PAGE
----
Thursday, October 8, 2015

What do you treasure most?

What do you treasure most?

There are many times in life that we may be placed at a crossroads. By this I mean that we may come to a point at which a crucial decision must be made that will have far-reaching consequences. This Sunday’s Gospel Lesson presents just such an occasion. (Mark 10:17-27, “The Rich Young Man”). In this story, a seemingly virtuous young man comes to Jesus and earnestly asks what he more he must do to inherit the Kingdom of God. He has “kept the commandments”, that is, he has lived a righteous life by the standard of his day. Jesus accepts this offering from him but puts to him yet one more challenge – Jesus tends to do that – there is always something more!
‘Go, sell everything you have and give [the proceeds] to the poor, and you will have treasure in heaven. Then come, follow me.” When the young man heard this, what did he do? “He went away sad, because he had great wealth.” Jesus demonstrates a fundamental truth: nothing we can do can fit us to “inherit the kingdom.”  No matter how righteously we live, it is not enough. One thing more, Jesus says, “Follow me!” Jesus placed this man at a crossroads – at a point where he would have to make a crucial decision that would indeed have far reaching consequences – consequences for his eternal life!

Jesus was, in effect, asking this man what he treasured most – was it really the kingdom of God? Was it eternal life? If so, then all he had to do was leave all his “stuff” behind and follow where Jesus was lead. We know the man’s answer and it is pitiful – we pity him because it becomes clear that he valued his “stuff” more than he valued what Jesus had to offer in a life filled with the power of the Kingdom of God.

What is scary about this story, at least to me, is that we are often placed at these same crossroads by our Savior. We are often placed in a situation to make a decision that can have lasting consequences. Perhaps those consequences may not be as profound as choosing between our “stuff” and eternal life in after a moment’s reflection – but they are consequential decisions nonetheless.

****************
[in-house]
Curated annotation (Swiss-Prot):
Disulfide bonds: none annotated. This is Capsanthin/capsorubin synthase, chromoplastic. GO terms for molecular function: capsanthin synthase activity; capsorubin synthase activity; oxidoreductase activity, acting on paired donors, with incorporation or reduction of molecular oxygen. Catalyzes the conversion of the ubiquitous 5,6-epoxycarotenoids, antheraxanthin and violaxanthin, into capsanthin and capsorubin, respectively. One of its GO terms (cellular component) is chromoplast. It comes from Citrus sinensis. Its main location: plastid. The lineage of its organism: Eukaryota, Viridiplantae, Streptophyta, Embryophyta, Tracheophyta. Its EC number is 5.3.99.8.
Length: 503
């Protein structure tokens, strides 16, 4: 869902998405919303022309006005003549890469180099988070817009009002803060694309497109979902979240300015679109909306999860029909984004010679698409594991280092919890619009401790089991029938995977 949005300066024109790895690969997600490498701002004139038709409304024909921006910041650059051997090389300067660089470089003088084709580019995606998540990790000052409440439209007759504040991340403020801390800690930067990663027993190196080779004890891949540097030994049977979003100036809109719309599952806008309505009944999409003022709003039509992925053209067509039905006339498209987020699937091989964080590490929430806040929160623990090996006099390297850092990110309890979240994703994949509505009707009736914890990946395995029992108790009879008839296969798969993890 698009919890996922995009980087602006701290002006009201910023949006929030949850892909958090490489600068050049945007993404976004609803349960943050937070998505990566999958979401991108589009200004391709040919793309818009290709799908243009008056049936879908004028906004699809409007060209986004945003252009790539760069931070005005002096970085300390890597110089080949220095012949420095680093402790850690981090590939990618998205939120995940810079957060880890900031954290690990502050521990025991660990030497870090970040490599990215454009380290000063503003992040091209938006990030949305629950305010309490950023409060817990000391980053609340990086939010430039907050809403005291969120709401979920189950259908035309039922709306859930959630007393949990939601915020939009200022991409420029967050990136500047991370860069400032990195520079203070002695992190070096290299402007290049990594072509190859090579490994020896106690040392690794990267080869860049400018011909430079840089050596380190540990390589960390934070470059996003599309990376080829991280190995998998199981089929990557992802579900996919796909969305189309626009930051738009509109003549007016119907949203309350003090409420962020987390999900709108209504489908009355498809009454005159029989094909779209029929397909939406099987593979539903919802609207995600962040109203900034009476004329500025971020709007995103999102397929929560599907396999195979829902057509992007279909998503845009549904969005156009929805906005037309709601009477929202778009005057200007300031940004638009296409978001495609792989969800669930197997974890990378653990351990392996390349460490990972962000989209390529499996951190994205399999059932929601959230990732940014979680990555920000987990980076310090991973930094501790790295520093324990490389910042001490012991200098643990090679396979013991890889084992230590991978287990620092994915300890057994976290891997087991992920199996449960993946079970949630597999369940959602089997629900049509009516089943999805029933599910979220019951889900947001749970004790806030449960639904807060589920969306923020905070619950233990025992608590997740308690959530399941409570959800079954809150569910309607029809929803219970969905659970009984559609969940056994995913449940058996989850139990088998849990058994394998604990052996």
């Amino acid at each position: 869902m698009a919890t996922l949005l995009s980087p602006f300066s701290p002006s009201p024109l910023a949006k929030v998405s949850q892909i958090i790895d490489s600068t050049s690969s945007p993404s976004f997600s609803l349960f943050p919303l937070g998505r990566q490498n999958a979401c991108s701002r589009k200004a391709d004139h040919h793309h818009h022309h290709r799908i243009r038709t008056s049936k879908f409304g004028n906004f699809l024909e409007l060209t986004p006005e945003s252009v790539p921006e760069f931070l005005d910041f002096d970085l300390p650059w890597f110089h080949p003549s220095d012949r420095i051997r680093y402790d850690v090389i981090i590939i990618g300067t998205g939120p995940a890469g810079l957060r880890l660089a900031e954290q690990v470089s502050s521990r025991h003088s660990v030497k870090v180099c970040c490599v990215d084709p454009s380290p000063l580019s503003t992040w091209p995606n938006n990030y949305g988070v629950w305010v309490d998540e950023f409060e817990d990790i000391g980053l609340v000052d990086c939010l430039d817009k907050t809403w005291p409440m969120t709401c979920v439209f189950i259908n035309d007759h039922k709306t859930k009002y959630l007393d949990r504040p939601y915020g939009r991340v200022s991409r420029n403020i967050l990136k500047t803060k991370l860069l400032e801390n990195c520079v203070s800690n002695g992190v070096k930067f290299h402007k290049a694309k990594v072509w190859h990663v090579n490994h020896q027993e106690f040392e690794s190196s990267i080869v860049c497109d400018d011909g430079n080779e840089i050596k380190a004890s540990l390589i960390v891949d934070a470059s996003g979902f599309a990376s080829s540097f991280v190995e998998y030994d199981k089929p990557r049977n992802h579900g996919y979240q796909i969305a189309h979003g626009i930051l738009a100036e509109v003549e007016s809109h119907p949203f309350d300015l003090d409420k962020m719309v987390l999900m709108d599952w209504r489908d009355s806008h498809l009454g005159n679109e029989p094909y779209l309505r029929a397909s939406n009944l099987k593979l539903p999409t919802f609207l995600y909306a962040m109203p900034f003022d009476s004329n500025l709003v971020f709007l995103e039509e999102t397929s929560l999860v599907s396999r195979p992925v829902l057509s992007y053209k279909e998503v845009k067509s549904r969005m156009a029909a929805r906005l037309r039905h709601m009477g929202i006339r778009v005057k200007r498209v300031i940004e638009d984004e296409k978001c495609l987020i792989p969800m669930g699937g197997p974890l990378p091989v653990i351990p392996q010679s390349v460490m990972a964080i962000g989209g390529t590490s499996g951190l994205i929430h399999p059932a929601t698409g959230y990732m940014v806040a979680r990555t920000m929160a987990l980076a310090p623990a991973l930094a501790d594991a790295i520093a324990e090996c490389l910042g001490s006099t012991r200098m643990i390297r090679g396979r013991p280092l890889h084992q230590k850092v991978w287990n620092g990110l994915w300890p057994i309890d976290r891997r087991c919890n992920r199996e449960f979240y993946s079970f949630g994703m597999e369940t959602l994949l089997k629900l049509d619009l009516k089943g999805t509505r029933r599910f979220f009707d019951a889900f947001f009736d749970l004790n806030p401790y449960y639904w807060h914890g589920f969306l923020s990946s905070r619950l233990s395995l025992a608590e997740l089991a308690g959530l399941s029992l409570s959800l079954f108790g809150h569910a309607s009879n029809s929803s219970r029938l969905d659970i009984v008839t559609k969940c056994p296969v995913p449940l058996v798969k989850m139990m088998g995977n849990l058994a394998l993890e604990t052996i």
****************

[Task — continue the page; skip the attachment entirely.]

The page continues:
On an almost daily basis, Jesus asks us, as he did this young man, what we value most. He asks us to choose: follow me or keep your “stuff” – whatever that “stuff” may be. It may not be great wealth. It may not be a lucrative job – but it may be just as difficult a choice – and Jesus expects us to choose.

As much as we may love and trust Jesus, it is possible that we love and trust in something or someone else more. What we need to realize is that anything short of the kingdom of God cannot provide the full and lasting joy, satisfaction, and security that we earnestly seek deep within our hearts. These things can be found only in hearts that have “left all behind” to follow the way Jesus leads.

In that young man Jesus has us look in the mirror and ask an all-important question: He is not asking us to give to the church all my money and possessions, essentially taking a vow of poverty like a monk or nun. He is not telling us that the key to the kingdom is to live in destitute poverty Rather, Jesus is asking us to get rid of the things that can get in the way of Jesus being our greatest treasure. He is the “crossroads question”: is there anything in this world that you would find too painful to give up if Jesus asked you to? Is there anything in the world that would make your face fall and lead you to shake your head No saying to Jesus, “Lord, I just can’t”? Is there anything on earth that would lead you to walk away from Jesus sad, grieving his loss, rather than the loss of that earthly thing? Is there anything you are more afraid to lose and miss than Jesus? your family? your favorite sin? your finances? The question is all about putting Jesus and the work of the kingdom first in our lives.

What DO we treasure most? That is the question. 

No comments:

Post a Comment